Skip to main content

The Key to the Golden Firebird

Review

The Key to the Golden Firebird

It's been a year since the unthinkable happened. On that fateful day, Mike Gold had a fatal heart attack in his beloved 1967 golden Firebird Pontiac. Since they lost their father, the Gold sisters --- May, Brooks and Palmer --- have not been the same. Before, they were typical teenagers who enjoyed carefree summer pranks. Now, their mother is not around as much; she has to work the night shift as a nurse to support the family, and the three sisters are left to fend for themselves.

THE KEY TO THE GOLDEN FIREBIRD tells the stories of three teenage sisters who are all very different, yet they're struggling with the same problem. May Gold, short for Mayzie, is the reliable sister --- she's smart, does well in school, works a part-time job to save money for college, and is expected to keep a watchful eye on her younger sister, Palmer. In a very un-Maylike turn of events, May fails her driver's exam. Pete Camp, the adorable dorky neighbor, volunteers to teach May to drive. During May's summer of driving lessons, she also encounters a bumpy ride of falling in love with someone she knew her whole life.

Brooks Gold is the oldest. As a testament to their father's addiction to baseball, Brooks is named after the famous baseball player Brooks Robinson. Brooks herself is a star softball player, but in the summer after her father's death, she finds herself hanging out with a new wild boyfriend, Dave, and his inner-circle of misfits. When Dave suggests that she quit the team, she comes to a realization.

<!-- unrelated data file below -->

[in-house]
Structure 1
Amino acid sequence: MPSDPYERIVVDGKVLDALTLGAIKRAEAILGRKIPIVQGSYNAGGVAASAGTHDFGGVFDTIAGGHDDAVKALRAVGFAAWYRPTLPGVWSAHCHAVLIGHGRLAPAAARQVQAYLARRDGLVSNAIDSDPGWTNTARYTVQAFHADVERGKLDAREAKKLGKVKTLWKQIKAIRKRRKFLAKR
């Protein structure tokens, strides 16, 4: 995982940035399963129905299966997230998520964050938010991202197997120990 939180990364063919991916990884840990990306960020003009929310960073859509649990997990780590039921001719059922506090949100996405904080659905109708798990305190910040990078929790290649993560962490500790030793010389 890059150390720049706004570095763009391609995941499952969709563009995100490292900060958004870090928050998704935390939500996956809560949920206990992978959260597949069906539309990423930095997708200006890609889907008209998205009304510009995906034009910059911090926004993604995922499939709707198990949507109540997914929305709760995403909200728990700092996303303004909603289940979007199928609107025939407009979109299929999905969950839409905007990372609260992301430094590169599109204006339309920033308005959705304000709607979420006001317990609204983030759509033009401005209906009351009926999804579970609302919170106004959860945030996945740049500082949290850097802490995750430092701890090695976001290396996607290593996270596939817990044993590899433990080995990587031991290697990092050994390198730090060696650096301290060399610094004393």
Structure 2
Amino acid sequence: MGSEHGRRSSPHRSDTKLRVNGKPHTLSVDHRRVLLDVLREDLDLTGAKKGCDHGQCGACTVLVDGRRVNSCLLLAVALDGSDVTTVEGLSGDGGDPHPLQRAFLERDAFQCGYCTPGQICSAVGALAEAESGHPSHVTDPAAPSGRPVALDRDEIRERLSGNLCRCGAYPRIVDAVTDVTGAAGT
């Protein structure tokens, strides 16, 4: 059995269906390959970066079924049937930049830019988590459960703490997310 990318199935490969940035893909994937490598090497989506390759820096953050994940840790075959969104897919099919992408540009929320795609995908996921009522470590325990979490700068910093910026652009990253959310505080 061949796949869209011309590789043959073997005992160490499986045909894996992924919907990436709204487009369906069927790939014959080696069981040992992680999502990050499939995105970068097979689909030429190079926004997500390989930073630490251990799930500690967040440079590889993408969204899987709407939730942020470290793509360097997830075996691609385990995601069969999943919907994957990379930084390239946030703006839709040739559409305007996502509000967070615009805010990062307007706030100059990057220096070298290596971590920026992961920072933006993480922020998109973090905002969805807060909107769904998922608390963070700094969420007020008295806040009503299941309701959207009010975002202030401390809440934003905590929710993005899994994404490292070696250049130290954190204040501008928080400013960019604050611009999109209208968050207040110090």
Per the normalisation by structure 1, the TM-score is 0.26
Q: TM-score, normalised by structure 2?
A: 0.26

Brooks thinks, "Her father had put a bat in her hand the minute she was strong enough to hold it up, and that was that. Afternoons and weekends were for playing. She didn't even know what people who didn't play sports did with their time. But she had to admit, she'd seen less and less of a point in playing in the last year." Once off the team, Brooks has more time to drink excessively, come home way too late, and get into trouble.

Palmer Gold, the youngest, is also an amazing softball player. Even though she's only a freshman, she's a pitcher on the varsity softball team. Palmer lives in a world of her own, keeping her problems to herself. She doesn't tell anyone about the panic attacks that keep waking her up in the middle of the night. She also snoops around watching her sisters and rummaging through her mother's closet. During one of her investigations, she finds something she wasn't expecting that will be the key to helping her and her sisters feel better.

Maureen Johnson's first novel tells the touching tale of three sisters' journey as they find a way to make peace with their father's death. The Gold family deals with their grief the same way they treat their problems --- silently. As a result, each sister has an emotional explosion at the end of the book. While dealing with their emotions, they are also forced to realize the importance of each other as family. At times sad and at times humorous, THE KEY TO THE GOLDEN FIREBIRD is an engaging read that you will enjoy.

Reviewed by Kristi Olson on May 25, 2004

The Key to the Golden Firebird
by Maureen Johnson

  • Publication Date: June 1, 2004
  • Genres: Fiction
  • Hardcover: 304 pages
  • Publisher: HarperCollins
  • ISBN-10: 0060541385
  • ISBN-13: 9780060541385